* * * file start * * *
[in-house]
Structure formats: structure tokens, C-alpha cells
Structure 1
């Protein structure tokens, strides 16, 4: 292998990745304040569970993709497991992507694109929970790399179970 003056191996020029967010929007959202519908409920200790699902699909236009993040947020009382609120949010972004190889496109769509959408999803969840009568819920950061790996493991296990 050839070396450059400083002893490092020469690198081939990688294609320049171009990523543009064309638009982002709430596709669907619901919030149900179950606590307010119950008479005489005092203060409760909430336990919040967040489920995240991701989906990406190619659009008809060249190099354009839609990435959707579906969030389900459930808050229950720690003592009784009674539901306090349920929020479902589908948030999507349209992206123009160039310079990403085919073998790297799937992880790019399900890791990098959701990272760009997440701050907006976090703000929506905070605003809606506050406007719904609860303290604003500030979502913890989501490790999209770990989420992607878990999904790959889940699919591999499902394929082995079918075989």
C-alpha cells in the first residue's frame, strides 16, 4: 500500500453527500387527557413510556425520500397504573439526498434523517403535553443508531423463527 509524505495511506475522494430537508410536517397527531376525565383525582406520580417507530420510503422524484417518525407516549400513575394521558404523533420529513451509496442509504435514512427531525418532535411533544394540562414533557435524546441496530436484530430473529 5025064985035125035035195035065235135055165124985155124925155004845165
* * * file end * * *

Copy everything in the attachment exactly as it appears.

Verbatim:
[in-house]
Structure formats: structure tokens, C-alpha cells
Structure 1
């Protein structure tokens, strides 16, 4: 292998990745304040569970993709497991992507694109929970790399179970 003056191996020029967010929007959202519908409920200790699902699909236009993040947020009382609120949010972004190889496109769509959408999803969840009568819920950061790996493991296990 050839070396450059400083002893490092020469690198081939990688294609320049171009990523543009064309638009982002709430596709669907619901919030149900179950606590307010119950008479005489005092203060409760909430336990919040967040489920995240991701989906990406190619659009008809060249190099354009839609990435959707579906969030389900459930808050229950720690003592009784009674539901306090349920929020479902589908948030999507349209992206123009160039310079990403085919073998790297799937992880790019399900890791990098959701990272760009997440701050907006976090703000929506905070605003809606506050406007719904609860303290604003500030979502913890989501490790999209770990989420992607878990999904790959889940699919591999499902394929082995079918075989």
C-alpha cells in the first residue's frame, strides 16, 4: 500500500453527500387527557413510556425520500397504573439526498434523517403535553443508531423463527 509524505495511506475522494430537508410536517397527531376525565383525582406520580417507530420510503422524484417518525407516549400513575394521558404523533420529513451509496442509504435514512427531525418532535411533544394540562414533557435524546441496530436484530430473529 5025064985035125035035195035065235135055165124985155124925155004845165